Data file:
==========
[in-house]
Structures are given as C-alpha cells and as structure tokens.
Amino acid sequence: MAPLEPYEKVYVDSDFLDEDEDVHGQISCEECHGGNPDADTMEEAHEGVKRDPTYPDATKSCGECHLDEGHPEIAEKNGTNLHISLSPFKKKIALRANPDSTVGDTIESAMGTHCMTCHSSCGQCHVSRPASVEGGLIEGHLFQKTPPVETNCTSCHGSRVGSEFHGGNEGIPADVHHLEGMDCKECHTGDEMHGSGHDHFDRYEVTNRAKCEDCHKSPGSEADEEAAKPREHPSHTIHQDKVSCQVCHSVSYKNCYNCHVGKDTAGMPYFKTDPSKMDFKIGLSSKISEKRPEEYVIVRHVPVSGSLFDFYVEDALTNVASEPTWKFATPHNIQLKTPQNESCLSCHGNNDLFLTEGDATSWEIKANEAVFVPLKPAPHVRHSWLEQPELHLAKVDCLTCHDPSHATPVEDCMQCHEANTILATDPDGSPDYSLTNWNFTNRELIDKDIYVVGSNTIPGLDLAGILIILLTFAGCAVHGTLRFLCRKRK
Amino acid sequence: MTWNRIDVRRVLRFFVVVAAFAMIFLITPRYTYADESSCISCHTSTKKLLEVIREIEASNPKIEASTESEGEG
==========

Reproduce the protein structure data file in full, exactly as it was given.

[in-house]
Structures are given as C-alpha cells and as structure tokens.
Amino acid sequence: MAPLEPYEKVYVDSDFLDEDEDVHGQISCEECHGGNPDADTMEEAHEGVKRDPTYPDATKSCGECHLDEGHPEIAEKNGTNLHISLSPFKKKIALRANPDSTVGDTIESAMGTHCMTCHSSCGQCHVSRPASVEGGLIEGHLFQKTPPVETNCTSCHGSRVGSEFHGGNEGIPADVHHLEGMDCKECHTGDEMHGSGHDHFDRYEVTNRAKCEDCHKSPGSEADEEAAKPREHPSHTIHQDKVSCQVCHSVSYKNCYNCHVGKDTAGMPYFKTDPSKMDFKIGLSSKISEKRPEEYVIVRHVPVSGSLFDFYVEDALTNVASEPTWKFATPHNIQLKTPQNESCLSCHGNNDLFLTEGDATSWEIKANEAVFVPLKPAPHVRHSWLEQPELHLAKVDCLTCHDPSHATPVEDCMQCHEANTILATDPDGSPDYSLTNWNFTNRELIDKDIYVVGSNTIPGLDLAGILIILLTFAGCAVHGTLRFLCRKRK
Amino acid sequence: MTWNRIDVRRVLRFFVVVAAFAMIFLITPRYTYADESSCISCHTSTKKLLEVIREIEASNPKIEASTESEGEG